The Lesson Of The Giants
Let’s take a typical example. At the end of the bubble days, all web-based advertising was collapsing. As company after company failed and traffic dropped on the “major sites” dramatically, the advertisers were not interested to place ads any more. Ad networks were shrinking and finding it even more difficult to get new clients. The huge advertisers were all dropping out of the Web, disappointed: many were definitely thinking that you couldn’t make any money out of it. Web ads were once classified as “one of the most stupid ideas of the Internet Era”.
And yet, a giant survived: Google.
As a matter of fact, Google did not only survive, they thrived. As more and more web-ad networks collapsed, Google bought them cheap, and sold more and more, and grew more and more. How was that possible at all!? What “magic secret” did Google have up their sleeves that nobody else did?
The answer is usually “oh, they had the search engine”, and while that’s definitely one aspect of it, the real reason is not so obvious. Sure, Google can profile users and serve better ads, and they used that argument of “superior technology” (which is undeniable!) to catch more customers. But that wasn’t the secret to their success.
A web-based ad campaign was expensive, even in 2000. What Google thought instead was a different business model. Instead of buying “ad space” and getting a huge salesforce world-wide to get new clients, they thought that it would be way easier and far cheaper to let website owners share the revenues with them.
This model is not so innovative. After all, even FriendFinder used the concept of “affiliation”, which was, for them, a major success: announce our service to your friends, and you can make money out of it — maybe, with luck, and a lot of friends, you might even be able to cover the costs of your own subscription. Of course, the majority of the users would never make enough to cover their costs.
Google used a similar model, but was way more generous. You didn’t have to be a customer of Google to be an affiliate. Also, you didn’t need to have a “high-traffic” site at all. This is where Google was more clever than the competition: all of them were in search of the highest-traffic sites and fighting vicious battles to be allowed to place ads there; and, on the other end, everybody was trying really hard to become a high-traffic site, in order to be able to sell ads to the big web ad networks.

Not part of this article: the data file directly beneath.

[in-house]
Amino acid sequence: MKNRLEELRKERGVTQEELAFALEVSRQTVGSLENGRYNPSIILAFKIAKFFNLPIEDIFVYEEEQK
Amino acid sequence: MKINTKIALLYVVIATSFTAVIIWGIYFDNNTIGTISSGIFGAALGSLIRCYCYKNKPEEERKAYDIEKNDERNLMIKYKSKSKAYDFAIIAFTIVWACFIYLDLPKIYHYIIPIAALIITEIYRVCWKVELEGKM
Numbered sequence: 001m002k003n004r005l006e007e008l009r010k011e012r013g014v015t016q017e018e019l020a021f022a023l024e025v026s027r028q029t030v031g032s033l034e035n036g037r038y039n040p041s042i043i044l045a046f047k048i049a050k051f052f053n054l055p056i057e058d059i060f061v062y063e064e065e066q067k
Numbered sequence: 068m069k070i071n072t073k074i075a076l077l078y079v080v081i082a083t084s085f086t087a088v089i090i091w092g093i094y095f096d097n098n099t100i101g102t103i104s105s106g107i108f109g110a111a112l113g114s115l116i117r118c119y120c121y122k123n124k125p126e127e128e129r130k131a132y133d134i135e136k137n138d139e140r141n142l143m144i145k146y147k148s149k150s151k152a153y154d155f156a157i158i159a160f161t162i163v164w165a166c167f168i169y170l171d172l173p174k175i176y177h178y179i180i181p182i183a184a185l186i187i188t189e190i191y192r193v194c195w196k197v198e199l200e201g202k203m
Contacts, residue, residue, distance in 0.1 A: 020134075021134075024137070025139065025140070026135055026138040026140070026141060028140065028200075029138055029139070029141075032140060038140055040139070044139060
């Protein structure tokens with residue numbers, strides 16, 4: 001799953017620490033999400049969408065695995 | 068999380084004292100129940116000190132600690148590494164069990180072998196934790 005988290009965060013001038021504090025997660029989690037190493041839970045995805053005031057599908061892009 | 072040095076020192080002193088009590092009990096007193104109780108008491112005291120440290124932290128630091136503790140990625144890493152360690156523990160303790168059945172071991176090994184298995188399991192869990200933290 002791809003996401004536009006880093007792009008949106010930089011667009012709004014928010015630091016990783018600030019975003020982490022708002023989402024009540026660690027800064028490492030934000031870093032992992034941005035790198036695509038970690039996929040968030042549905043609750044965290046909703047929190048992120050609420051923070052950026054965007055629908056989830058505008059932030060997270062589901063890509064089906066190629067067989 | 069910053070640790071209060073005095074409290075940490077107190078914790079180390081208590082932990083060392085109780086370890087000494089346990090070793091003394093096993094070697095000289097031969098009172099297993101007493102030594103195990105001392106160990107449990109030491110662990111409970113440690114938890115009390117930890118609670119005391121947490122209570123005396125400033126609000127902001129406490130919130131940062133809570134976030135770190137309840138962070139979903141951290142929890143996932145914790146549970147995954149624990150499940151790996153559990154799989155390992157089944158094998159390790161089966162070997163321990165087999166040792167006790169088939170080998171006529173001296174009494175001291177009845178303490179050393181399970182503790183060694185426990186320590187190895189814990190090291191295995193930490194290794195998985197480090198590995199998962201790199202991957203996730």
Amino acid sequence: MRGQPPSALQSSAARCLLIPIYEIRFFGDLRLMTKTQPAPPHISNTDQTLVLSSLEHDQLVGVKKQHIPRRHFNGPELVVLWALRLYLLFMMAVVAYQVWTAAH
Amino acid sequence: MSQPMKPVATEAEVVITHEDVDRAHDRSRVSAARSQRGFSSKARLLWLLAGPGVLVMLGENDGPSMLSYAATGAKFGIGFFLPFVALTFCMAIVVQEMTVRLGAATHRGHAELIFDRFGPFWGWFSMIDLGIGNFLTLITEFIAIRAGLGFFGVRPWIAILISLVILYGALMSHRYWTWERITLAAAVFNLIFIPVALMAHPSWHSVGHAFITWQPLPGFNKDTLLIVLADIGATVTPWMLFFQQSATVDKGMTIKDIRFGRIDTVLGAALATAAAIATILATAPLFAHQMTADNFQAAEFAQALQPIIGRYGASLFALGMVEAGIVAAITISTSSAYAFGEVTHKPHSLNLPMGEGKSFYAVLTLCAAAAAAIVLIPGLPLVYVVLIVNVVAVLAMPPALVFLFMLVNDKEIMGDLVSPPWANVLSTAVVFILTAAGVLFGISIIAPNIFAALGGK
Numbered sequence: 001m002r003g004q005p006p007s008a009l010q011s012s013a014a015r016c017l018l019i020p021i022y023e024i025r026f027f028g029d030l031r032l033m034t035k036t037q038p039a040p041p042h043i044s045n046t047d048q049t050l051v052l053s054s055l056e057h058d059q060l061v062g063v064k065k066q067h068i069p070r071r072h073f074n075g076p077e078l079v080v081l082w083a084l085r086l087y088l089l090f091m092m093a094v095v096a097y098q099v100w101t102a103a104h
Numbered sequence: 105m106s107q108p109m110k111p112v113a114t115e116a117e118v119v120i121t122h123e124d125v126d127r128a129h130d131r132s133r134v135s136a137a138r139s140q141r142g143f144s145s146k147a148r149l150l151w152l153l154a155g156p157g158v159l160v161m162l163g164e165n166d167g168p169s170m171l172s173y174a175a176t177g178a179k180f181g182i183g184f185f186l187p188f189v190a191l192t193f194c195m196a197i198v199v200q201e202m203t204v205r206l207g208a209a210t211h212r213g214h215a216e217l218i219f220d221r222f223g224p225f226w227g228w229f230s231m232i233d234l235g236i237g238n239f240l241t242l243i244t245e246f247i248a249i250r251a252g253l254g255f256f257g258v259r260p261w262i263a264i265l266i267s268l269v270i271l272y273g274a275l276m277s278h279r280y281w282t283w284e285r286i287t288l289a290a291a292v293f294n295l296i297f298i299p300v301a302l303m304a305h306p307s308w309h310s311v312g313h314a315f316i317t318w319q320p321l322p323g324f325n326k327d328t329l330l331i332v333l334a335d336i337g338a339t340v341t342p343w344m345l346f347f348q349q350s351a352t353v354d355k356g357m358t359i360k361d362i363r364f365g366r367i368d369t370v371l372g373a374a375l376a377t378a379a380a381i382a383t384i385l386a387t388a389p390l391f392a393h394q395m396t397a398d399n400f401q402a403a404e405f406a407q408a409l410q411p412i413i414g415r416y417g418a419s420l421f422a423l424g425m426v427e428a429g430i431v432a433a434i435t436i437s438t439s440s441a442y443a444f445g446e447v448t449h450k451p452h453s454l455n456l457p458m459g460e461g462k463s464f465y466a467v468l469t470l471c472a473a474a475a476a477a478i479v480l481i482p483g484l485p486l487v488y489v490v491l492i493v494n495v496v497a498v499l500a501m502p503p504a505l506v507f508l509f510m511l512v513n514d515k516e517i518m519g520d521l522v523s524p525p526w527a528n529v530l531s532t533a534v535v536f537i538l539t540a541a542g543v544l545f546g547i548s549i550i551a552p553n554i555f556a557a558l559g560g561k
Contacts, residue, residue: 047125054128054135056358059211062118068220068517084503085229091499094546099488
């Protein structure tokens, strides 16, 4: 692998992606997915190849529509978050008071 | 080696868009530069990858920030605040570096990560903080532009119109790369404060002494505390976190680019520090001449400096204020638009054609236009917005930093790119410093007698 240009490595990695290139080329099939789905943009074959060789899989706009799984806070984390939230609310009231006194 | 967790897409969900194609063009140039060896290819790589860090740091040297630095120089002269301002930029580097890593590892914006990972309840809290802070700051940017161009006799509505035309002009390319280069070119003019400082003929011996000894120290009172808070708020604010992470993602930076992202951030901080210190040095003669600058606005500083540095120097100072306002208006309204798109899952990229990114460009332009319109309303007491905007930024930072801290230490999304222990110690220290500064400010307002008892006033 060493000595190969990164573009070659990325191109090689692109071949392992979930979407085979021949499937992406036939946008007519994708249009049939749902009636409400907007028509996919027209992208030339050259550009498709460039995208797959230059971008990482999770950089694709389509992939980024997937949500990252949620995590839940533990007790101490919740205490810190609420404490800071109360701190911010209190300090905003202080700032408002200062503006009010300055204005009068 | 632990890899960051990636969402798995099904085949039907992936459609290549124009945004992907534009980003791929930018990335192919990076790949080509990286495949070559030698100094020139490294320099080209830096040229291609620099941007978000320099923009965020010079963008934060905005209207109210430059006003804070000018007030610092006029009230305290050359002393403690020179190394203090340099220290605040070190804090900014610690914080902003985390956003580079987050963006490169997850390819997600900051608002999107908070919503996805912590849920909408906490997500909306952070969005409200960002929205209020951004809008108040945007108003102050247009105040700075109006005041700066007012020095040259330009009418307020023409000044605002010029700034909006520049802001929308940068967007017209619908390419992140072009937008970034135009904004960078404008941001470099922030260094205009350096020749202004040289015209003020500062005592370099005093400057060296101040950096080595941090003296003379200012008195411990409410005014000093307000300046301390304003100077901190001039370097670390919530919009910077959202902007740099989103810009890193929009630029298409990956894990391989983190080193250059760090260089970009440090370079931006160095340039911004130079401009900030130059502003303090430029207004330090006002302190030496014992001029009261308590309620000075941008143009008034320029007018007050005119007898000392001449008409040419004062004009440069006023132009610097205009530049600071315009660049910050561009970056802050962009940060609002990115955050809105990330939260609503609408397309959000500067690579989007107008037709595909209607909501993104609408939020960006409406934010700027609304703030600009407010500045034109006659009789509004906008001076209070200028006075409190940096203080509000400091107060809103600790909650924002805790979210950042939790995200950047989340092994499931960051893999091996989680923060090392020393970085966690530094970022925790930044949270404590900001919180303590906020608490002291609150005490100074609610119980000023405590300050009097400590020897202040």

Google targeted the small fry. Instead of focusing on the huge sites — which were taken by the big web ad corps anyway — they had millions of small sites: common blogs, forums for niche markets, small communities. And they had a wonderful technology that indexed pages and could profile ads targeted exactly for those small communities. So they were happy to pay a few cents for some banner space — and charge a few cents more to companies willing to target exactly those communities. They kept the difference.
And what a difference it was! Soon, everybody was happy to “offer” banner space to Google. Why not? What would you lose? A few pixels on your site? At least you’d get a few cents here and there, and these would add up. Google didn’t care if you just had 200 visitors and paid you to the proportion of your traffic. But it didn’t exclude you. They shared their revenues with all customers, big or small — and, of course, there are millions of small ones (these days, probably billions).
This business model of sharing your revenue with your customers, or, put in another way, give your clients the opportunity of making money too, was probably the biggest lesson from the Web 1.0 era, and it’s completely astonishing to me how so few companies have learned it. Web ads, once deemed to be a complete and utter conceptual failure as a business model, empowers the coolest and trendiest megacorp of the world. Just because they did it right — and it took some time.
They weren’t the only ones, of course. You can pick the next two best examples, also long-term survivors of the Web 1.0 era. eBay is the most obvious one: they don’t “push” services to anybody. Instead they just put sellers and buyers in touch. They just get a slice of the proceedings. That’s it. PayPal, an eBay company, works the same way. But you can think of Amazon.com nowadays as the same example: once they were restricted to deal with the huge book publishers, but Amazon.com saw what eBay was doing with the small merchants and basically replicated the model. Don’t minimise the small, individual merchant that just spends US$10 a month: instead, get millions of those.
And the beauty of this model is that you can give away subscriptions for free. It’s only when people buy and sell that you get a slice of their transactions. But a “free user” that suddenly completes a lot of profitable transactions is happy enough to pay a little bit — if it’s really, really little — to be able to use the service. If you look at all three models — Google, eBay/PayPal, Amazon — you’ll see that all offer products to sell that people want to buy so long as they’re cheap; and all offer the opportunity for people to sell products too, and just take a tiny commission out of sales.
Looking backwards in time, this might seem obvious now: if you can make your users earn some money by being subscribed to your service, your users will not only be eager supporters of your service, but they will look at you as a business enabler. They will be grateful. And, of course, they will fight hard for you to succeed — since they’ll make more and more money if you grow and grow.
All this sounds like a very obvious lesson from the Web 1.0…